Oct. 8, 2008 Update -- Please note:
This entry on University Bible Fellowship (UBF) -- as shown below the blue line -- is in need of updating. Doing so is on our lengthy to-do list, and we do not know when we get around to it.
That said, the primary update of note is that on March 18, 2008, the Board of Directors of the National Association of Evangelicals (NAE) voted to re-admit the UBF as a member.
Since early May, 2008, we have received emails from a number of UBF members pointing out this fact. Some also point to a handful of endorsements the UBF has received, as well as to its membership in the Evangelical Council for Financial Accountability (ECFA). Most of the emails make clear that membership in the NAE -- and, to a lesser extend, in the ECFA -- is seen as a stamp of approval for the UBF.
We do take such memberships into consideration, but they do not weigh heavily in our evaluations of groups. Many organizations are ill-equipped to deal with issues surrounding high-demand organizations and cult-like groups. They tend to base their determinations almost entirely on whether or not a movement's Statement of Faith passes their standard of orthodoxy.
Unfortunately, often a group's Statement of Faith does not quite describe what it actually teaches in word and/or in practice. In other words, a church, movement or organization can have a Statement of Faith that is theologically sound -- and yet teach doctrines ranging from aberrant to heretical and/or engage in practices that are sociologically abusive.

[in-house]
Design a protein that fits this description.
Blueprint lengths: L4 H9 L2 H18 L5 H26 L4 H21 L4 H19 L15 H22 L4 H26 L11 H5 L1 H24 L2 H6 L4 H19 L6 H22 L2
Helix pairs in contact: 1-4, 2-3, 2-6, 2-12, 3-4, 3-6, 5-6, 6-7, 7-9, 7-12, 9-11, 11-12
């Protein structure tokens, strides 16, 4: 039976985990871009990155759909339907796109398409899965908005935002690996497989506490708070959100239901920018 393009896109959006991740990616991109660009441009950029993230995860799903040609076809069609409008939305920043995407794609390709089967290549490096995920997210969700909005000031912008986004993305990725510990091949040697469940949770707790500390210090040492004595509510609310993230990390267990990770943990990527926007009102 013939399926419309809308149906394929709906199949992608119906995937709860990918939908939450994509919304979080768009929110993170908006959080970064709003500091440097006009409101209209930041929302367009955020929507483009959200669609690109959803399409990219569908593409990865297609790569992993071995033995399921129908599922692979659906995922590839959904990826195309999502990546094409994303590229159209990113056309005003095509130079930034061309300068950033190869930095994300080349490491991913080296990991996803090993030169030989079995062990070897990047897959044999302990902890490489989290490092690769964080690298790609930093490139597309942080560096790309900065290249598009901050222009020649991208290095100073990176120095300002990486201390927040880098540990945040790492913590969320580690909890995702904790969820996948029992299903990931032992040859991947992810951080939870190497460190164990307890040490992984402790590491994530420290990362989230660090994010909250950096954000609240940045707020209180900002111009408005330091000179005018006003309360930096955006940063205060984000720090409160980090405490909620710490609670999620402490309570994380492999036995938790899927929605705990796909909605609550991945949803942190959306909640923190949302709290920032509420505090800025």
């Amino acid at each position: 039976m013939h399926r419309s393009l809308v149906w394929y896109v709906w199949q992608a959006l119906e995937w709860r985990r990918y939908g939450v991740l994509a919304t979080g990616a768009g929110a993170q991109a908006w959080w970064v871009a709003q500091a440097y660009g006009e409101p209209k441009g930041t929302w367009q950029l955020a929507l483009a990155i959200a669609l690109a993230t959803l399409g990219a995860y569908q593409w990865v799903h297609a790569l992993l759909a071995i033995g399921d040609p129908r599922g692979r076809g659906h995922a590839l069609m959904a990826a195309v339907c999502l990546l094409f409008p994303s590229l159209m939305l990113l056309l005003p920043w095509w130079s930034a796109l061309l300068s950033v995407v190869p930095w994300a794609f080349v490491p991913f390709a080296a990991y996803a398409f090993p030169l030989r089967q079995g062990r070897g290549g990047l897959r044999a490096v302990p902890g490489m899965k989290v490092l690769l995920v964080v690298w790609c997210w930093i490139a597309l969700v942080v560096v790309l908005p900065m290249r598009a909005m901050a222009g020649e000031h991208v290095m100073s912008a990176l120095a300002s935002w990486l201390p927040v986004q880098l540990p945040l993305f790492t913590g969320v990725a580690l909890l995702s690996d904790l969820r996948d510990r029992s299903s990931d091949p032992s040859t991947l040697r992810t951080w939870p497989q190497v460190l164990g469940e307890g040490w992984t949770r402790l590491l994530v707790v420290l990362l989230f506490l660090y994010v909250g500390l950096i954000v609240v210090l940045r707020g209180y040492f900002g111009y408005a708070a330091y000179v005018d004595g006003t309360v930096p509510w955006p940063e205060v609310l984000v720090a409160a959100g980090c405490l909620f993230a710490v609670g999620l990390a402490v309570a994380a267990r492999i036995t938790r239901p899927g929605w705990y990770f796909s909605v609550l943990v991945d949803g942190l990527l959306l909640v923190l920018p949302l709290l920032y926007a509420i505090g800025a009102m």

Therefore when it comes to University Bible Fellowship, our concerns regarding the organization have not been deminished as a result of the movement's reacceptance by the NAE.
In fact, we consider the group's authoritarian, high-demand nature to be evidence of a faulty understanding of the Gospel of Jesus Christ -- and of the Bible's teachings regarding disciples of Jesus.
We do not accept the notion that much of UBF's cult-like ideas regarding authority, submission, obedience and discipline can simply be explained by the group's Korean influences. It is not Korean culture that should influence a Christian's walk with Jesus. Rather, it should be the other way around.
In short, we have seen nothing that suggests University Bible Fellowship's teachings and practices should not -- at the very least -- be cause of concern for Christians. In our opinion, the UBF is an unhealthy organization whose teachings and practices provide a breeding ground for spiritual elitism and abuse.
Theologically, we consider the University Bible Fellowship to be at best an aberrant movement. In Christian theology, aberrant means, "Off-center or in error in some important way, such that the doctrine or practice should be rejected and those who accept it held to be sinning, even though they may very well be Christian."
Our advice to Christians is not to get involved with the University Bible Fellowship.